Out of the seven projects that I viewed for task one, my favourite was Firestorm, with my least favourite project being Tomato Can Blues.
“The apocalypse is happening in Dunalley…”
Produced by The Guardian, Firestorm is an award-winning interactive project which tells the story of a family’s escape from a brutal fire in Dunalley on the 4th of January. It takes the viewer on an emotional journey, as the family flees their home and loses the house that they built 25 years prior. Instead of having to click through various links in order to continue the story, the viewer is merely required to scroll through as quickly or as slowly as preferred, allowing for the viewer to fully take in and comprehend the events and facts that are being presented by the interactive project. As well as the family’s story, the project also presents the viewer with information on the nature of fire and how exactly fire can start, as well as how it can grow. The project uses a variety of emotional images, including photographs of the brutality of the fire and the children hiding from the fire under the jetty in the river, as well as voiceovers of Tim and Tammy describing their experience and also comments from other Dunalley locals. The voiceovers contribute to the reality and danger within the story, evoking a range of emotions inside the viewer. The project also uses text for the viewer to scroll through, and mainly the text is used for discussing facts about bush fires and the politics of rebuilding after the fire’s effects. This project is extremely relevant to Australian audiences, as bush fires are something that all Australians can be in danger of due to the climate and landscape of the country.
“…the fighters were ready, the ring girls were on time and the Bud Light was cold.”
My least favourite project was Tomato Can Blues by Mary Pilon, due to the fact that the project seemed to me more like a blog rather than an interactive project. Although the graphics were interesting and of high quality and the story was emotionally appealing, there was nothing really “interactive” about it, as the project did not include any videos, voiceovers or anything else multimedia-like.
In June 2007, Sarah Shaftoe embarked on a new life in Sydney, Australia with her husband and three children. Initially, Sarah found it difficult to deal with being so far from her family and friends who were back in the North of England, and claims that she will always feel a connection to the place in which she grew up. However, after living in Australia for seven years, she also perceives Australia as her home now, despite the times when she has regretted some of their decisions regarding where they chose to live in Australia.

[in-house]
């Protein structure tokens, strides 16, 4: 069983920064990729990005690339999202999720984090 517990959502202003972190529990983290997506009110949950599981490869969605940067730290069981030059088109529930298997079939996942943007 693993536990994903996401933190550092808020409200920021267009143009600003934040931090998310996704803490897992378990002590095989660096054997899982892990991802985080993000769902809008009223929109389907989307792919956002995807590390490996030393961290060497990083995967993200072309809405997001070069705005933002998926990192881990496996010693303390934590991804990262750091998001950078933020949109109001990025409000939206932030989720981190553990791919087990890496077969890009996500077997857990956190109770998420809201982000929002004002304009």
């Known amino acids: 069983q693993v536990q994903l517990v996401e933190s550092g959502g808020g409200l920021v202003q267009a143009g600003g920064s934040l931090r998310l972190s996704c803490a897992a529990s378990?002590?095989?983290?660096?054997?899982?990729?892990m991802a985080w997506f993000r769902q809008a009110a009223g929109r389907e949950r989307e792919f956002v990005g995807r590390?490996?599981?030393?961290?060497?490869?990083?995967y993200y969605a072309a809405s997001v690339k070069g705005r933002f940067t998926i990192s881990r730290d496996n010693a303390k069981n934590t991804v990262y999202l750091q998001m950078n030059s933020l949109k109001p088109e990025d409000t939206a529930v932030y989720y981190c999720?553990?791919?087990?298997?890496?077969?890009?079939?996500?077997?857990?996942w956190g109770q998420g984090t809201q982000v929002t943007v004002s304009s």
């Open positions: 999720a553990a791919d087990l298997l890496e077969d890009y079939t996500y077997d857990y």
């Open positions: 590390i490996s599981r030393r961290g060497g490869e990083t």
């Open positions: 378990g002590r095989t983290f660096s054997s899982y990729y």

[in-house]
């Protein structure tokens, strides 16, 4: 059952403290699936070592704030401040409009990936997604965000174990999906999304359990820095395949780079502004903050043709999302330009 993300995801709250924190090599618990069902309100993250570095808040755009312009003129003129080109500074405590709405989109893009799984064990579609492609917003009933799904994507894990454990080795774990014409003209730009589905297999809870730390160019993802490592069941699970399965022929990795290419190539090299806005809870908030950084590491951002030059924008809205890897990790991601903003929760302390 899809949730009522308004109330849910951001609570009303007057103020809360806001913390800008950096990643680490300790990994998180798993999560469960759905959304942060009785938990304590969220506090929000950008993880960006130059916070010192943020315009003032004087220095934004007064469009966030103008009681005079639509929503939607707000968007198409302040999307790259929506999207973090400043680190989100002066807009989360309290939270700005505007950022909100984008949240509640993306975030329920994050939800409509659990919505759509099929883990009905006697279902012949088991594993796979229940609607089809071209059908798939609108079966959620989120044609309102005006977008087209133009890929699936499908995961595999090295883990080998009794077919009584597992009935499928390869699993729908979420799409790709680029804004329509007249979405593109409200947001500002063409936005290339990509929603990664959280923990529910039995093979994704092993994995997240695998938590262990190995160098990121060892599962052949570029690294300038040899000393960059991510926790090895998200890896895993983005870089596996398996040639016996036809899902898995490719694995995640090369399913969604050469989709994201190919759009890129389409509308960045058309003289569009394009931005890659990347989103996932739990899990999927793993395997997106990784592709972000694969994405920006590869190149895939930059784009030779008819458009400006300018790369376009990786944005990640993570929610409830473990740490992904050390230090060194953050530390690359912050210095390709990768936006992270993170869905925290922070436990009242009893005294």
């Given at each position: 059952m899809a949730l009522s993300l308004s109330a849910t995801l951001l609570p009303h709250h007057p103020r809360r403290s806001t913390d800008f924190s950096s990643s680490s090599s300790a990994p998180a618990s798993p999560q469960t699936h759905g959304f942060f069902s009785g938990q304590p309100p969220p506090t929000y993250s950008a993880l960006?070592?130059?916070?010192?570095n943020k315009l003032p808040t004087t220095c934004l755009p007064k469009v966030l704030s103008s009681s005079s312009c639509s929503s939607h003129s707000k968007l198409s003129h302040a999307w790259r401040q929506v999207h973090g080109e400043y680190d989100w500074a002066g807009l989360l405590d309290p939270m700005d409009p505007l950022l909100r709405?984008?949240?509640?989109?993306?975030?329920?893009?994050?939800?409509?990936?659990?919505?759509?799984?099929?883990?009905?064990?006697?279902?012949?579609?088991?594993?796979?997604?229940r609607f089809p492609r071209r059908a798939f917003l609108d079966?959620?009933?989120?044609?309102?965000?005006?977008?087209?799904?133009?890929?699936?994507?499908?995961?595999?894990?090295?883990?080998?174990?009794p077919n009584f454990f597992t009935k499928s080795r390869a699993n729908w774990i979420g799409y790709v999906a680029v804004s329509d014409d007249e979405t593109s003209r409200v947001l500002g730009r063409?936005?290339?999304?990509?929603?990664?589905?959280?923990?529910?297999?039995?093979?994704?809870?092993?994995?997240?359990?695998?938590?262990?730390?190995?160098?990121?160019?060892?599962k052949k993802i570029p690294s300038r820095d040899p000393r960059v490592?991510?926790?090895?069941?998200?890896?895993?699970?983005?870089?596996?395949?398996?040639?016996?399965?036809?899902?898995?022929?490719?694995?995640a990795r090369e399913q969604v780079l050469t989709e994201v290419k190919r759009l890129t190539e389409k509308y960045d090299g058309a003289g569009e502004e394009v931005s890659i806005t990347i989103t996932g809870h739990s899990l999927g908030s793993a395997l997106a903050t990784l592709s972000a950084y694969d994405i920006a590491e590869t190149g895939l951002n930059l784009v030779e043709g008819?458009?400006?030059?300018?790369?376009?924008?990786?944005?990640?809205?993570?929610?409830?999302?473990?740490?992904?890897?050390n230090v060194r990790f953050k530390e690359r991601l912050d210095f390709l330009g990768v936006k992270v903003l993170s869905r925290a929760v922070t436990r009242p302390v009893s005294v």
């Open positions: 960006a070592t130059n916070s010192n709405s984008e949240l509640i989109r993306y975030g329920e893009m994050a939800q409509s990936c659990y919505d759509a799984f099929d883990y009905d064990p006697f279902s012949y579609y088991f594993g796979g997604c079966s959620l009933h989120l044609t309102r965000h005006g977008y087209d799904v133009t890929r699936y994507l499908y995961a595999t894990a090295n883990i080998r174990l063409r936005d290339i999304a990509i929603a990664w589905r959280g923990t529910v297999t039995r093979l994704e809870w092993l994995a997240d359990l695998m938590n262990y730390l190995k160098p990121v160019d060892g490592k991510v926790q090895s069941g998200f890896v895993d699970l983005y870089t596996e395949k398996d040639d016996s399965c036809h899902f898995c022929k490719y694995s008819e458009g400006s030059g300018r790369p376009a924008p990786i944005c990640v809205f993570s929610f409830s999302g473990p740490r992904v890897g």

My favourite ‘emotional histories’ piece was the ‘Tears and Trust’ story, due to the emotion that the story held. The piece included a healthy mixture of both emotional and humorous connotations, an example being the reference to the “birds and thr birds, and the bees and the bees”. The ambient sounds of the cutlery when discussing sitting down to dinner and the sounds of a school playground when discussing the bullying at school assisted in the telling of the story and allowed the listener to become more involved and a part of the story. The background music also enhanced both the tone and the mood of the story, and the closeness of the relationship between Zachary and his mother is also very evident. The story is told at a good pace; not too quickly and not too slowly, the edited very well. The story is very gripping as every piece of information is relevant to the story, and by the end of Zachary’s speech, the listener is able to feel a connection to both the subject and the situation.
For my first JRNL102 assessment, I decided to choose my mum as my interviewee. My main goal was to investigate her decisions to move our family from the North of England to Sydney, Australia in June 2007, and discover her initial reactions to the new environment. Through conducting the interview, I am hoping to express both the difficulties that come with moving from one country to another whilst leaving the majority of your family behind in the process, and also portray the eventual sense of belonging that can occur once a migrant has established a connection with their new environment.
I hope to use a selection of ambient sounds to assist with the mood of the interview, such as the landing of a plane and the sound of rainfall. I am not necessarily aiming for the mood of the interview to be particularly sad or particularly happy, but rather a mixture of both so as to present both the pros and cons of migrating to another country. I believe that the point of suspense in the interview would be when my mum recounts some of her initial regrets in moving out to Australia.
Whilst I was recording my sound image, I faced a handful of obstacles and inconveniences. A lot of parents used this time to catch up with each other and so it was very difficult to solely record the sounds of the game without catching snippets of their conversation. The wind was also a slight issue at some points, and I have had to cut out a few parts of the audio because of this. It was also difficult to catch the high points of the game for recording as everything would happen so quickly, and I unfortunately missed out on recording a couple of the tries. I was, however, able to record the sounds of some tackles and kicks of the ball.
Overall, I do believe that I have captured good sounds of a football game, including the blowing of a whistle, encouragement from the sidelines and a fair amount of shouting from the coaches. I enjoyed editing my audio together and was grateful to this assignment for forcing me to actually attend one of my brother’s football games – especially the last one of the season.